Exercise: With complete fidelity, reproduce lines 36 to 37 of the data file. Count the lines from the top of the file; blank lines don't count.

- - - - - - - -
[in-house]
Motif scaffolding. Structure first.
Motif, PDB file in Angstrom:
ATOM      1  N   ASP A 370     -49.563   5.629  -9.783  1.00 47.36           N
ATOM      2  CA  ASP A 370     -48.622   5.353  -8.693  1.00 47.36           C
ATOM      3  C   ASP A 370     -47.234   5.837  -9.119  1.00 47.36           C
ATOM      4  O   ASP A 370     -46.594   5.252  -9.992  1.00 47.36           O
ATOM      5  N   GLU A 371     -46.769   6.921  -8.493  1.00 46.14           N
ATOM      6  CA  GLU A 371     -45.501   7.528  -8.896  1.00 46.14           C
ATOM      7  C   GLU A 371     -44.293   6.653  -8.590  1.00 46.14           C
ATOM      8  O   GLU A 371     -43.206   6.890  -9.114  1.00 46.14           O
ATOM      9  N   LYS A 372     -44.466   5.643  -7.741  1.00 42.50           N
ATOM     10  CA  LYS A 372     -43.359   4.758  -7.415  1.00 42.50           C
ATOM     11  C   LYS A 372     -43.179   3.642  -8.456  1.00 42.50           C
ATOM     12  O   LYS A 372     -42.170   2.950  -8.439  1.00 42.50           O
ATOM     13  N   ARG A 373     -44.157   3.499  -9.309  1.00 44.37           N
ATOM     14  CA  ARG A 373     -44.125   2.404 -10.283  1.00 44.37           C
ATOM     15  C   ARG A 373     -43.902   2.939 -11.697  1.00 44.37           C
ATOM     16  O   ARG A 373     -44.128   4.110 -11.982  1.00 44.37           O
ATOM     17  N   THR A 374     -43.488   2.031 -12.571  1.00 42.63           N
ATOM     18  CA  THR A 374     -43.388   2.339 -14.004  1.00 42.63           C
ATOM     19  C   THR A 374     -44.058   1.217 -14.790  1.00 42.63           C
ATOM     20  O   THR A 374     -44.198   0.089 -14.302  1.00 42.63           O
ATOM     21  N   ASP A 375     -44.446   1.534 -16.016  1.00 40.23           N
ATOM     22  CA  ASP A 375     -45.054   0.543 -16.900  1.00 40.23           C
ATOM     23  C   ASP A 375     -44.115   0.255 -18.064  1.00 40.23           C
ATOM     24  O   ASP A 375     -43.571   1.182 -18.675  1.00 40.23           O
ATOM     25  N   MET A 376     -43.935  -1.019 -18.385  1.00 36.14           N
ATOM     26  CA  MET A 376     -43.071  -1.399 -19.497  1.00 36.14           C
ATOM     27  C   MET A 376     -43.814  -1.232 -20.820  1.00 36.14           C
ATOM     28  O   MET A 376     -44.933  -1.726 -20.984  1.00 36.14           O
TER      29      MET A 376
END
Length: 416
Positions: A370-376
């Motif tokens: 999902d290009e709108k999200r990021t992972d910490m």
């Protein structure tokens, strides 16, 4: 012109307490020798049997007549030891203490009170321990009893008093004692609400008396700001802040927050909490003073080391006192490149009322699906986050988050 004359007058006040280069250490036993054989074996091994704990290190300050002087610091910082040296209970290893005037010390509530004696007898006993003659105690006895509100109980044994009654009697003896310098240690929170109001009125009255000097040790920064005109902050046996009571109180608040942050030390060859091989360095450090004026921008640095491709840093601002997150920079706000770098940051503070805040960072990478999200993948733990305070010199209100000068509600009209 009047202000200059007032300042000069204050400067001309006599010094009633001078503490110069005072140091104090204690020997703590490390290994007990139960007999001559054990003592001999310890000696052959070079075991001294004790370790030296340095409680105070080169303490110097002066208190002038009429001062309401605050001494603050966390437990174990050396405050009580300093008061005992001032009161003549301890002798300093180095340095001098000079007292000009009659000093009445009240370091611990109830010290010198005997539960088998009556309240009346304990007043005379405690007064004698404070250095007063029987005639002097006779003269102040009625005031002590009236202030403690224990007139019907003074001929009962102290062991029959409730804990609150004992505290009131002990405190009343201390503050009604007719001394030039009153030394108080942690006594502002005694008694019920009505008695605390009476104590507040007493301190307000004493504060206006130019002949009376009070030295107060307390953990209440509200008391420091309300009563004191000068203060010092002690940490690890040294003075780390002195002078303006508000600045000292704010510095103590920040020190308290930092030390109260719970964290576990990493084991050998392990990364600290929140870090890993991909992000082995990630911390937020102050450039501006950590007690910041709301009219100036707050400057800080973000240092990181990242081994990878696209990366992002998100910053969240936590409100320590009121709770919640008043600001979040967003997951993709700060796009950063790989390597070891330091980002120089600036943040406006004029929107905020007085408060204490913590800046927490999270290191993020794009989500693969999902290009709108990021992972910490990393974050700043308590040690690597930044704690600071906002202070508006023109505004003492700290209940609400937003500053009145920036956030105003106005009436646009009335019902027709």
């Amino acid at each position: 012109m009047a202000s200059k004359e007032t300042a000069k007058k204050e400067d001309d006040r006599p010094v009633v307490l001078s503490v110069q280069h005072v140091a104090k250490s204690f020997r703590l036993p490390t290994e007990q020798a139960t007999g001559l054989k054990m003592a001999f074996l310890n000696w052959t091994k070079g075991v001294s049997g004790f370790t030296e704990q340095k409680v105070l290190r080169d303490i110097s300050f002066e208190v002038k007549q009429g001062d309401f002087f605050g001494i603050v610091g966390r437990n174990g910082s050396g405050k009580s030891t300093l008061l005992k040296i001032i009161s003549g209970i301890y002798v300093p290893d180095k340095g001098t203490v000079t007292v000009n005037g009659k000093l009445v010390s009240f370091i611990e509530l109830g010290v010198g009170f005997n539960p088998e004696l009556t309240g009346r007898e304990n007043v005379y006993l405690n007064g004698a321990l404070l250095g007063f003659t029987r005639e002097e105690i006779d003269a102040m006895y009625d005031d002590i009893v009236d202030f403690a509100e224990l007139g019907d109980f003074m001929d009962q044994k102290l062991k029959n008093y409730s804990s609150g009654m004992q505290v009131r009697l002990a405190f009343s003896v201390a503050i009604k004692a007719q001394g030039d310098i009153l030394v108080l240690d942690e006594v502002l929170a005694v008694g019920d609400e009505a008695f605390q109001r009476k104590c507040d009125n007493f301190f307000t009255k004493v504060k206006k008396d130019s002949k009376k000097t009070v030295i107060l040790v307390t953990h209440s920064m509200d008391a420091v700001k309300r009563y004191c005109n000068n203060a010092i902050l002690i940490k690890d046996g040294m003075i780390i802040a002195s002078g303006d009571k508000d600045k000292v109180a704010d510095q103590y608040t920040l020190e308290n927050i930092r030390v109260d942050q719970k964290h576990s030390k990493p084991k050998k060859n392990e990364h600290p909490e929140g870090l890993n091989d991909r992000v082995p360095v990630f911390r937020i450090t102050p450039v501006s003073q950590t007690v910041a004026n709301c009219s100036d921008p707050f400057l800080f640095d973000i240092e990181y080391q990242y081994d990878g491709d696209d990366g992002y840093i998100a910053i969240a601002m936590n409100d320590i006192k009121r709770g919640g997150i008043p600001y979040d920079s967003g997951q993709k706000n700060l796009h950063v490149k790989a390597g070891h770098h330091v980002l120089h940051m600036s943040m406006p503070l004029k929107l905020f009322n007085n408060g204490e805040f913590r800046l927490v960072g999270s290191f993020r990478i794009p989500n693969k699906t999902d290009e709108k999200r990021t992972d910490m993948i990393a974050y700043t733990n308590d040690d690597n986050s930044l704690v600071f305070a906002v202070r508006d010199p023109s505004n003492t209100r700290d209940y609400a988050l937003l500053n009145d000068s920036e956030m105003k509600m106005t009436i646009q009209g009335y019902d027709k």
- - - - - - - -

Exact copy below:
């Motif tokens: 999902d290009e709108k999200r990021t992972d910490m």
């Protein structure tokens, strides 16, 4: 012109307490020798049997007549030891203490009170321990009893008093004692609400008396700001802040927050909490003073080391006192490149009322699906986050988050 004359007058006040280069250490036993054989074996091994704990290190300050002087610091910082040296209970290893005037010390509530004696007898006993003659105690006895509100109980044994009654009697003896310098240690929170109001009125009255000097040790920064005109902050046996009571109180608040942050030390060859091989360095450090004026921008640095491709840093601002997150920079706000770098940051503070805040960072990478999200993948733990305070010199209100000068509600009209 009047202000200059007032300042000069204050400067001309006599010094009633001078503490110069005072140091104090204690020997703590490390290994007990139960007999001559054990003592001999310890000696052959070079075991001294004790370790030296340095409680105070080169303490110097002066208190002038009429001062309401605050001494603050966390437990174990050396405050009580300093008061005992001032009161003549301890002798300093180095340095001098000079007292000009009659000093009445009240370091611990109830010290010198005997539960088998009556309240009346304990007043005379405690007064004698404070250095007063029987005639002097006779003269102040009625005031002590009236202030403690224990007139019907003074001929009962102290062991029959409730804990609150004992505290009131002990405190009343201390503050009604007719001394030039009153030394108080942690006594502002005694008694019920009505008695605390009476104590507040007493301190307000004493504060206006130019002949009376009070030295107060307390953990209440509200008391420091309300009563004191000068203060010092002690940490690890040294003075780390002195002078303006508000600045000292704010510095103590920040020190308290930092030390109260719970964290576990990493084991050998392990990364600290929140870090890993991909992000082995990630911390937020102050450039501006950590007690910041709301009219100036707050400057800080973000240092990181990242081994990878696209990366992002998100910053969240936590409100320590009121709770919640008043600001979040967003997951993709700060796009950063790989390597070891330091980002120089600036943040406006004029929107905020007085408060204490913590800046927490999270290191993020794009989500693969999902290009709108990021992972910490990393974050700043308590040690690597930044704690600071906002202070508006023109505004003492700290209940609400937003500053009145920036956030105003106005009436646009009335019902027709």